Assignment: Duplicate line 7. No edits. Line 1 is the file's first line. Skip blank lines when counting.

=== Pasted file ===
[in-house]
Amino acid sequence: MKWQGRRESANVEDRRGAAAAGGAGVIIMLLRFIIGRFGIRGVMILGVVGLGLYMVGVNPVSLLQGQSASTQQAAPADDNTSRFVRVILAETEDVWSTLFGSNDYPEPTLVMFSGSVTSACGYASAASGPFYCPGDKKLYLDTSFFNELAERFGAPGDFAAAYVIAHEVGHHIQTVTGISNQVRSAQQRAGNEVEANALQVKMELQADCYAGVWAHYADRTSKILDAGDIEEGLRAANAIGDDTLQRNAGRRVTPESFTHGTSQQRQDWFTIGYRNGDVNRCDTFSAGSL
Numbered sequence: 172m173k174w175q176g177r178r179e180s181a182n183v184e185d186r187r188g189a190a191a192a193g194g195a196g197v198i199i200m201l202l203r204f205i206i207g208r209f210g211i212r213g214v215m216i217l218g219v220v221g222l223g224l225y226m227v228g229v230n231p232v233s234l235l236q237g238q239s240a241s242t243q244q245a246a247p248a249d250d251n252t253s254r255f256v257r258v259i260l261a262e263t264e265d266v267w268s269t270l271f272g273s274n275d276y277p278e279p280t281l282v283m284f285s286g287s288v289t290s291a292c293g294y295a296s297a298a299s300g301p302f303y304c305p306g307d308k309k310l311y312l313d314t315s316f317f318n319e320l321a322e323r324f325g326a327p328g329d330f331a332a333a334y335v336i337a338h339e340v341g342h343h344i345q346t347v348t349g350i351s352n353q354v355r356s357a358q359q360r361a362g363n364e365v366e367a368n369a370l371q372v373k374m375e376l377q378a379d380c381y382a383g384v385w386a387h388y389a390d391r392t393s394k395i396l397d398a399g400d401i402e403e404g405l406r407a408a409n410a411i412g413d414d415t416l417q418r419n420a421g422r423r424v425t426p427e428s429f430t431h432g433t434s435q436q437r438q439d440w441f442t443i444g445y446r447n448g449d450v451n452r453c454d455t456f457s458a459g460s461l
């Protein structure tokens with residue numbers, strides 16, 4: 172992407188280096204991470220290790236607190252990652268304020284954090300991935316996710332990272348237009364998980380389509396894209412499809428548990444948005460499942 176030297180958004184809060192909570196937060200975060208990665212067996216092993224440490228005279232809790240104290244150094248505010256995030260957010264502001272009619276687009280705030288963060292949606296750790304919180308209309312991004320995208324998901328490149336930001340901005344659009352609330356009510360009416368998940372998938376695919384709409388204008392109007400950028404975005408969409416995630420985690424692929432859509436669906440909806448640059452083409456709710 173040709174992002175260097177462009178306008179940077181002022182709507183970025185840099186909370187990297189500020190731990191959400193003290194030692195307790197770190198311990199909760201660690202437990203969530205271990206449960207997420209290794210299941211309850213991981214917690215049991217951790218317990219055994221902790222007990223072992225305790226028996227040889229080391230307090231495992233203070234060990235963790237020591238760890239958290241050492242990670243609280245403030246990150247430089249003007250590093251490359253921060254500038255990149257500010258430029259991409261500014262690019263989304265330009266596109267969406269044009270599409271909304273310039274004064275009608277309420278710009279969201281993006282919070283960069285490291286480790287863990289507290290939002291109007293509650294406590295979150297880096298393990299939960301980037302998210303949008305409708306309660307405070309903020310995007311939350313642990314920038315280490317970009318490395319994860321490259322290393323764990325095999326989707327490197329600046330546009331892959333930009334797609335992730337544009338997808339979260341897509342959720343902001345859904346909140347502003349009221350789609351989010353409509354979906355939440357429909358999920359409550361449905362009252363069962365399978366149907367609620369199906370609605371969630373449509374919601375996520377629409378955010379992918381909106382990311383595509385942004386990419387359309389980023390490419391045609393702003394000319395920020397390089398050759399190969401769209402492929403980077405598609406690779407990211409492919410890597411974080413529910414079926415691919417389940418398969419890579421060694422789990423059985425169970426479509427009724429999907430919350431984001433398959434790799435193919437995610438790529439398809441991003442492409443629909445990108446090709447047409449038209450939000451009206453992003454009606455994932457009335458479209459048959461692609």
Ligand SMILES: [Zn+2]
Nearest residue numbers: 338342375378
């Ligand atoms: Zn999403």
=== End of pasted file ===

């Ligand atoms: Zn999403």